“Brenda Abou El Ola’s book is a perceptive account of one woman’s experience of crossing borders – Britain’s and Lebanon’s. Two ‘ordinary’ people – both divorced, both with children – come face-to-face with red tape, misconceptions and each other as they struggle with language, customs and their own personalities. The author shows particular insight into her own character. “
“I was a middle aged British teacher with grown up children. He was a Palestinian living in a notorious refugee camp in
Lebanon, a member of Fatah the major Palestinian political party, with teenaged boys. I went to
Lebanon and lived with my new family in Ein El Helwa camp, in Saida, (despite advice against this) Crossing Borders records the journey that we undertook to become a family and the problems that we seemed to hit at every turn. It tells of the gradual understanding through my experiences of the little that most of us know (or care) about other cultures and societies and how pre-conceived ideas, from the media or other, have a major impact on our impressions and comprehensions of the world, the people in it and the way we live. It is also an understanding of the barriers we humans put between ourselves, culturally, socially and emotionally, and the extent of the borders we are willing to cross.”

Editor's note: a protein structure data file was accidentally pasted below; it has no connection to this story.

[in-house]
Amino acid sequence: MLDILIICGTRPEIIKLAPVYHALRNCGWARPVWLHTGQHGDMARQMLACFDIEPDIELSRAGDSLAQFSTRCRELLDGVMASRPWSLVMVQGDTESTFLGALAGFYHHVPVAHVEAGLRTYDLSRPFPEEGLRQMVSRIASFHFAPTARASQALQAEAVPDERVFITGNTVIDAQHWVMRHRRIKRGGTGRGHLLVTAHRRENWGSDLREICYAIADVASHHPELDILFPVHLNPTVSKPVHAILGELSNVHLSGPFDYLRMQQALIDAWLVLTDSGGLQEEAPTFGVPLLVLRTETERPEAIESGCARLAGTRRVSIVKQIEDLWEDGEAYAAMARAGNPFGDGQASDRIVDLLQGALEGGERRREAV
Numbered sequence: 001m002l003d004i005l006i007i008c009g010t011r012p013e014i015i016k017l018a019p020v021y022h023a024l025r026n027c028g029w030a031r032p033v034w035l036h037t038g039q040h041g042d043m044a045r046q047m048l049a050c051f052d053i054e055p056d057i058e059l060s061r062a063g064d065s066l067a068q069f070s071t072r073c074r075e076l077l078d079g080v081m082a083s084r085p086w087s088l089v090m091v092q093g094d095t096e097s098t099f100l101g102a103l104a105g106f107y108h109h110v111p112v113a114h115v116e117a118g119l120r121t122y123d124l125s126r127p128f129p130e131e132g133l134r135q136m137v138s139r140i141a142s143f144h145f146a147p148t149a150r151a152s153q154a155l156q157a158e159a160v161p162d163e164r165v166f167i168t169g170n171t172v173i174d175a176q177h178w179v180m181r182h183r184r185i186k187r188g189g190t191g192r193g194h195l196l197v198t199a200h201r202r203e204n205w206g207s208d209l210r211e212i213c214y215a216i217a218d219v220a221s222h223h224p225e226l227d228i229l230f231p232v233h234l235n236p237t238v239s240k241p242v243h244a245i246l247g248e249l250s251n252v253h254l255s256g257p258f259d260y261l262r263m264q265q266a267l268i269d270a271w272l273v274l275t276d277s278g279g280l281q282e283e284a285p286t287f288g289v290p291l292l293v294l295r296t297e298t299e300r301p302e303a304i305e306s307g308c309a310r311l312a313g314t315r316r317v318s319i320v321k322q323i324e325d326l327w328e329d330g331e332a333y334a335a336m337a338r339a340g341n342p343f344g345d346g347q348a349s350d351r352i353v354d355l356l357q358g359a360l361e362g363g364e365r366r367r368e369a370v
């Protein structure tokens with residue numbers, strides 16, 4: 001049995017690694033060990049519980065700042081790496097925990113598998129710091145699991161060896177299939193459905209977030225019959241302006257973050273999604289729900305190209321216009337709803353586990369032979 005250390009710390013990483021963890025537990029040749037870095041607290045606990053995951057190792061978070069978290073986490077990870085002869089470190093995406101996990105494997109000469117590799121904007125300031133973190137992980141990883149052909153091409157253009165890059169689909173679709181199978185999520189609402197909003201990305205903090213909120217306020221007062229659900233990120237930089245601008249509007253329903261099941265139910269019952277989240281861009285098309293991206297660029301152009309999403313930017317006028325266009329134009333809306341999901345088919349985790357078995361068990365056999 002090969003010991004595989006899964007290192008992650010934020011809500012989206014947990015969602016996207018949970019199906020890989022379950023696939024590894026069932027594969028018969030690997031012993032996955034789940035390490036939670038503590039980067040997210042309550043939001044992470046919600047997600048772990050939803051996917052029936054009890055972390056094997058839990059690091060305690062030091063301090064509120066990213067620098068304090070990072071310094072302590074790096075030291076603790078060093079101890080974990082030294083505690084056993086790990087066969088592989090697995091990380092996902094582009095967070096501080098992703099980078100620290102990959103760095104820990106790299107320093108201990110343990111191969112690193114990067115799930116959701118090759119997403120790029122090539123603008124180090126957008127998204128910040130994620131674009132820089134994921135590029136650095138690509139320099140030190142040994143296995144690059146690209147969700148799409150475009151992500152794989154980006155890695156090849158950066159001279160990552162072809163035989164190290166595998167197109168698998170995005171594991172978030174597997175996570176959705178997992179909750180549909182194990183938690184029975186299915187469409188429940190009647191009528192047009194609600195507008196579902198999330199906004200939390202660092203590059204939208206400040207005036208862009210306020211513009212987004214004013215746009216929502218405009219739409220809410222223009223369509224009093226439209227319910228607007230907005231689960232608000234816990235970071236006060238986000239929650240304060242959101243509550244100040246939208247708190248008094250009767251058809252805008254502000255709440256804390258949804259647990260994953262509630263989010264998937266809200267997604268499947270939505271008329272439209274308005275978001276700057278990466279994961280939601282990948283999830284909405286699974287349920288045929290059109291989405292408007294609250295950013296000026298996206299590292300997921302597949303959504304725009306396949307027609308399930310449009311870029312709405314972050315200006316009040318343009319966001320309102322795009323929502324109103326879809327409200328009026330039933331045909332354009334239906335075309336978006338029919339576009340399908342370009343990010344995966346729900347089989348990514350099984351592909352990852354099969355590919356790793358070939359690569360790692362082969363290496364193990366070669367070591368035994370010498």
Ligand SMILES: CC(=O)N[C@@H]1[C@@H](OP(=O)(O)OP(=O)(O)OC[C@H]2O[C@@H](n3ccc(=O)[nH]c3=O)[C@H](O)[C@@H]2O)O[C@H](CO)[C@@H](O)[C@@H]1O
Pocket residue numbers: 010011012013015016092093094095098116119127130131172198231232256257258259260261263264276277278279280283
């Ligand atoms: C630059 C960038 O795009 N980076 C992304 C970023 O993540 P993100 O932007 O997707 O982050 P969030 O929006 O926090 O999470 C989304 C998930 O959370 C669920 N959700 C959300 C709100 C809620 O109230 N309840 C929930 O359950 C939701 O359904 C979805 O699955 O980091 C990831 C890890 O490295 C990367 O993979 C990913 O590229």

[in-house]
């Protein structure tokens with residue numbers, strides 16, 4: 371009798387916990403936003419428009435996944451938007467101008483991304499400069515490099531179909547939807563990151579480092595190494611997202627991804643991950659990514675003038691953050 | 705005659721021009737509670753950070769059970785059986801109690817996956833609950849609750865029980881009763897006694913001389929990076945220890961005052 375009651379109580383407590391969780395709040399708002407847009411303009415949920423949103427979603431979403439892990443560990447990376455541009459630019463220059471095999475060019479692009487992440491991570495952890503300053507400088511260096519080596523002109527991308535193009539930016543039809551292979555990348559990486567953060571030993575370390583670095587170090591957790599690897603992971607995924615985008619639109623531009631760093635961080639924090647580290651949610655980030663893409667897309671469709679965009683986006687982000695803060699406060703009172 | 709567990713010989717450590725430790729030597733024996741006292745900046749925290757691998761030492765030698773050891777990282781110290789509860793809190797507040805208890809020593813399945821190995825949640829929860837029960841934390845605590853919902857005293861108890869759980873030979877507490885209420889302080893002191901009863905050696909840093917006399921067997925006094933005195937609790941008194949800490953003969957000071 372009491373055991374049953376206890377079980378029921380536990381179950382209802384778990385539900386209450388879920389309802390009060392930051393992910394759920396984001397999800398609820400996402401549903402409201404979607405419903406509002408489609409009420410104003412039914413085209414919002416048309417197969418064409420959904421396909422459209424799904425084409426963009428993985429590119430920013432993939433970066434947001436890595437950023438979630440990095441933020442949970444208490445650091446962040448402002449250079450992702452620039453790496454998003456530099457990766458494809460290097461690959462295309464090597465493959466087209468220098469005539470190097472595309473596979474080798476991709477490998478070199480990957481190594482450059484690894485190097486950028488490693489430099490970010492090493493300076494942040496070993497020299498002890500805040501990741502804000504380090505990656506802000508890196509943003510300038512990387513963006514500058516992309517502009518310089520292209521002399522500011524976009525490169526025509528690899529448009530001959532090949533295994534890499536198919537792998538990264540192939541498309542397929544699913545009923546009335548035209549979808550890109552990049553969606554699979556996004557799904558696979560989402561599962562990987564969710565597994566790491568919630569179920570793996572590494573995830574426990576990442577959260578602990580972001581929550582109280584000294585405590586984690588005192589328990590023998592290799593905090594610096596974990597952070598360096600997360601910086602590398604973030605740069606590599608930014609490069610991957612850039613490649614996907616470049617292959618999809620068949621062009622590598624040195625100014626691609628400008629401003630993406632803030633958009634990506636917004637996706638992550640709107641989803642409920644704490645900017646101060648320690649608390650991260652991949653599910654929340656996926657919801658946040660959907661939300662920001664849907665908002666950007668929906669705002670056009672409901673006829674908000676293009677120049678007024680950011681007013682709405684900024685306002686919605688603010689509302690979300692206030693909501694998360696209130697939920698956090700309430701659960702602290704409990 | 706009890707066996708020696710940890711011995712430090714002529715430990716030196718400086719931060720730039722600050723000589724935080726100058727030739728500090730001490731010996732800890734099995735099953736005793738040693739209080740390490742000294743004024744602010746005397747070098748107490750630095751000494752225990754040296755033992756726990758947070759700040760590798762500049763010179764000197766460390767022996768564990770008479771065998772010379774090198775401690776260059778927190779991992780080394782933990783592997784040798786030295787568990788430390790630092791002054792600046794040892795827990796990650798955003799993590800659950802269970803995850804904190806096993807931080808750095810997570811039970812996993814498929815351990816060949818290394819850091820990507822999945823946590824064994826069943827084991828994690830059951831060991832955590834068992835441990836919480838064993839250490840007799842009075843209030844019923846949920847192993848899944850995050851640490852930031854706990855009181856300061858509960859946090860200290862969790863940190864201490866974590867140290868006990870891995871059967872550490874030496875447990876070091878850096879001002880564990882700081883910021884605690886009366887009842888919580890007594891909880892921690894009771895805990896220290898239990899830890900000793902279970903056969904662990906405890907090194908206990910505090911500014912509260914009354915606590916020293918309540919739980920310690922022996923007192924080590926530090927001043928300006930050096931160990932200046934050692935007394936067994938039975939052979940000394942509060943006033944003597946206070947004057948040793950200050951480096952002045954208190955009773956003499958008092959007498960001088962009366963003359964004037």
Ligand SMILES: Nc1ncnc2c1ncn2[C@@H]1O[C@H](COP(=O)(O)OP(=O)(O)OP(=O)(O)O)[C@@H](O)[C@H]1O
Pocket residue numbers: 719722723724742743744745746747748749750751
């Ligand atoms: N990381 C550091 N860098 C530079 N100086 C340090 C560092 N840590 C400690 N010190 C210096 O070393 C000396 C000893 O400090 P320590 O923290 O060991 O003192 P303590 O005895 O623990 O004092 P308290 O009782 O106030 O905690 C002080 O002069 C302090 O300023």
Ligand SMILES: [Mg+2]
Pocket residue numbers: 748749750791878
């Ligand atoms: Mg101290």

Chapter 3 - First Days
A sound like a 1940’s air raid siren being slowly cranked up gradually penetrates my sleep disoriented ears. As I struggle into wakefulness it seems as if the siren has now been joined in disharmonic reverie with some ancient bagpipes. Then, after a struggle the sounds become almost recognizable as a voice, strangely stretched and wailing, distorted almost beyond human capability. It grows clearer and as it does so another voice joins with it from close by, then another from further away, echoing and reverberating across the roof tops and tree tops, and back around the town where I am sleeping.
‘God is great….there is no God but God..’
If I knew Arabic I would know that this is what we are being told in the first of the five exhortations to prayer of the day. This is the fajjer, the prayer of the sunrise, and though it is dark still, it must be approaching dawn. I reach for my watch in the darkness and see that it is 4.30am. It is easy for an infidel such as I to close eyes and ears against the calls and fall back asleep.